Obama Speaks to Democrats' and His Future in NPR Interview

On the notion of opening a U.S. embassy in Iran, the president says: “I never say never.”

US President Barack Obama and his daughter Sasha walk to Marine One helicopter on the South Lawn of the White House December 19, 2014 in Washington, DC.

US President Barack Obama and his daughter Sasha walk to Marine One helicopter on the South Lawn of the White House December 19, 2014 in Washington, DC.

BRENDAN SMIALOWSKI/AFP/Getty Images

President Barack Obama addressed the new Congress, his party's prospects, and overseas turmoil in an NPR interview published Monday, saying vetoes may lie ahead as Republicans take over the Senate for his final two years in office and stopping short of ruling out a U.S. embassy in Iran.

“There are going to be some areas where we [he and Republicans] disagree and, you know, I haven't used the veto pen very often since I've been in office,” Obama said, according to a transcript. “Now I suspect there are going to be some times where I've got to pull that pen out, and I'm going to defend gains that we've made in health care. I'm going to defend gains that we've made on environment and clean air and clean water.”

Obama said immigration was an area where his differences with some Republicans are too great to overcome. Asked by “Morning Edition” host Steve Inskeep whether he could work with Republicans whom he considers “captive to nativist elements of the party,” Obama said, “Well, on immigration, I probably can't. [Iowa Representative] Steve King and I fundamentally disagree on immigration.”

But, Obama said, other Republicans recognize the need for comprehensive immigration reform—and he could stand to improve his relationships on the Hill. “I can always do better in every aspect of my job, and congressional relations isn't exempt from that,” he said.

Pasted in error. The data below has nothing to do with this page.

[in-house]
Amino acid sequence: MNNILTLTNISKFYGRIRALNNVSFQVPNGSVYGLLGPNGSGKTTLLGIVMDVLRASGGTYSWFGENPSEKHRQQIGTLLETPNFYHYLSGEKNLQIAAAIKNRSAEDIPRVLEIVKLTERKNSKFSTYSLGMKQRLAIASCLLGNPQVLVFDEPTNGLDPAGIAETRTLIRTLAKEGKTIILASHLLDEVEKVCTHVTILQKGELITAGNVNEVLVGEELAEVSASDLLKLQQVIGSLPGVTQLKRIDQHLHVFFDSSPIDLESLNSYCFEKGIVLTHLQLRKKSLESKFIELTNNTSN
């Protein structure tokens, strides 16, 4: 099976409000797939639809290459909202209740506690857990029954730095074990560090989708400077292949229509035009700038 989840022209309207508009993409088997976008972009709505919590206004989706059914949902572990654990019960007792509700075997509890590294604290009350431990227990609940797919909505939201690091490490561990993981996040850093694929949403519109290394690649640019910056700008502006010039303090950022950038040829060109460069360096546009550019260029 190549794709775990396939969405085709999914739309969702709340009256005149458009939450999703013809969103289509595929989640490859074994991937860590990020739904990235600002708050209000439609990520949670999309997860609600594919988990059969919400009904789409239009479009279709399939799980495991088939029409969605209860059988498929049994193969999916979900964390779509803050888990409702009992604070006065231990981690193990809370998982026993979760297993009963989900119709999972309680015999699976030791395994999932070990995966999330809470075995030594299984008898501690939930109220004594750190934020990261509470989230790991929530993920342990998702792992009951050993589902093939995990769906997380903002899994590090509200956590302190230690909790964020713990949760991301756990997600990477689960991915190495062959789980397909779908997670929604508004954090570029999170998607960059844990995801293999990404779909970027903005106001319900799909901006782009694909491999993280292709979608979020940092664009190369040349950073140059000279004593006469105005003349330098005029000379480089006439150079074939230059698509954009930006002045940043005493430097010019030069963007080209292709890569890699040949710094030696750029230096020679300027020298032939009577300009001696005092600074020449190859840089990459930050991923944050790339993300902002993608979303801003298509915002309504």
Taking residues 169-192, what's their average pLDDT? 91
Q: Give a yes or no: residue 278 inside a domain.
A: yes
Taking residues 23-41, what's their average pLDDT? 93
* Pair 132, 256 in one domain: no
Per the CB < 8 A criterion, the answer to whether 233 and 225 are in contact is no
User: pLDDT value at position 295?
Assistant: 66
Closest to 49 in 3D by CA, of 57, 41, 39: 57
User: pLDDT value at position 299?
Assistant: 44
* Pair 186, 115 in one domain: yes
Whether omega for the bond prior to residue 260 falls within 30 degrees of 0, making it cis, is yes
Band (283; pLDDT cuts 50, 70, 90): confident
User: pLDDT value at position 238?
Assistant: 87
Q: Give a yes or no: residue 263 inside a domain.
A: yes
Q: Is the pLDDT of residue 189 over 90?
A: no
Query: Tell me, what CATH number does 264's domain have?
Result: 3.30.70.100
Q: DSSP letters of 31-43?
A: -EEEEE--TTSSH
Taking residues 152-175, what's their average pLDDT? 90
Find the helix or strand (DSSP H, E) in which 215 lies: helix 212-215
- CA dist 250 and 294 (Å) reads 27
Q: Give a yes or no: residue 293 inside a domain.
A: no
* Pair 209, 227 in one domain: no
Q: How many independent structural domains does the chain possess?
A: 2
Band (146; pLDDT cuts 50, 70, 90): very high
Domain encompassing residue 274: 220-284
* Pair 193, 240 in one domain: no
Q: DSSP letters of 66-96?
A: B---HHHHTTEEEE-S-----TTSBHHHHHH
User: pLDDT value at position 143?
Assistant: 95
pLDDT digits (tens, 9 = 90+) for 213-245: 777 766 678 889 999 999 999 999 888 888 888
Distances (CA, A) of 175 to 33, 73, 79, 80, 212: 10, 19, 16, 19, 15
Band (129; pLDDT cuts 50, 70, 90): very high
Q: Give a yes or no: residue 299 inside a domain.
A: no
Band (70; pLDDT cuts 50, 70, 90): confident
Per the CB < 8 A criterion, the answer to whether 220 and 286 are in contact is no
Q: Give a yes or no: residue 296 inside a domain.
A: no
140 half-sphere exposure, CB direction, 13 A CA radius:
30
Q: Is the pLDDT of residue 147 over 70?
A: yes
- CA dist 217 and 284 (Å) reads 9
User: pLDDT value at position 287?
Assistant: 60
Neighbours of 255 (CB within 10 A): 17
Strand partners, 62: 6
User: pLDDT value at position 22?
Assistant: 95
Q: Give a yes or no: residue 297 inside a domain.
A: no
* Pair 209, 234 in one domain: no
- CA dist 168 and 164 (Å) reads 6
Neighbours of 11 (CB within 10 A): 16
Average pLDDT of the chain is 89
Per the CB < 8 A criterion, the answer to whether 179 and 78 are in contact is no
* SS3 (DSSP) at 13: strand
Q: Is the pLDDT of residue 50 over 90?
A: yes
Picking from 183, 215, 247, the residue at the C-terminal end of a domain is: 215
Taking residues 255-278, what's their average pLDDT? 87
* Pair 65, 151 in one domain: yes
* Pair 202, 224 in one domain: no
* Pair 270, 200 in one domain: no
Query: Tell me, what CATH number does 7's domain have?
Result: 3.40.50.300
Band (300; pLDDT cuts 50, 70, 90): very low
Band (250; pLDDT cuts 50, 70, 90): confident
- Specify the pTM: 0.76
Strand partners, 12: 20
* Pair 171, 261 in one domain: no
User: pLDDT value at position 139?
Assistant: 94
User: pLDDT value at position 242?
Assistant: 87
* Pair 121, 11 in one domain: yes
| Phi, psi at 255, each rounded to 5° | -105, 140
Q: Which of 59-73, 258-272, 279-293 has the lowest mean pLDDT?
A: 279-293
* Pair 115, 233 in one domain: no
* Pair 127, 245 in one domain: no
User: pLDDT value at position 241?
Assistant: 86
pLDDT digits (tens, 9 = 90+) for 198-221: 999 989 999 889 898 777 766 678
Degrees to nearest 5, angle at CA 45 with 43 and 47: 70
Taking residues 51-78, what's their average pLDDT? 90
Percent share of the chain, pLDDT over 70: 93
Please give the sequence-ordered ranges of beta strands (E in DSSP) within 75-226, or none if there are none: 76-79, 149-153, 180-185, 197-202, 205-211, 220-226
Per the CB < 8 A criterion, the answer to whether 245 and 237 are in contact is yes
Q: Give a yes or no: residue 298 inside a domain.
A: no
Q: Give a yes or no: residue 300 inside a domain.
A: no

On Iran, Inskeep asked whether there was “any scenario under which you can envision, in your final two years, opening a U.S. embassy in Tehran” after recently moving to normalize relations with Cuba.

“I never say never, but I think these things have to go in steps,” Obama said. “In order for us to, I think, open that aperture with respect to Iran, we have to get this nuclear issue resolved—and there's a chance to do it, and the question's going to be whether or not Iran is willing to seize it.”

In an excerpt of the Dec. 18 interview released earlier, Obama said that despite recent tensions between police and minorities, the U.S. is “probably in its day-to-day interactions less racially divided.”

After Democrats' losses in the November midterm elections, Obama said the party should be assuring “white working-class voters who haven't seen enough progress economically in their own lives” that it has their interests in mind. 

“The jobs that are out there are not ones that are traditionally jobs that, you know, blue-collar men aspire to,” Obama said. “And, you know, we've got to speak to those concerns.”

On Russia, he said, perceptions of President Vladimir Putin are changing as oil prices fall.

“You'll recall that three or four months ago, everybody in Washington was convinced that President Putin was a genius ... and today, you know, I'd sense that at least outside of Russia, maybe some people are thinking what Putin did [in Ukraine] wasn't so smart.”

“They rely on oil,” he said. “We rely on oil and iPads and movies and you name it.”

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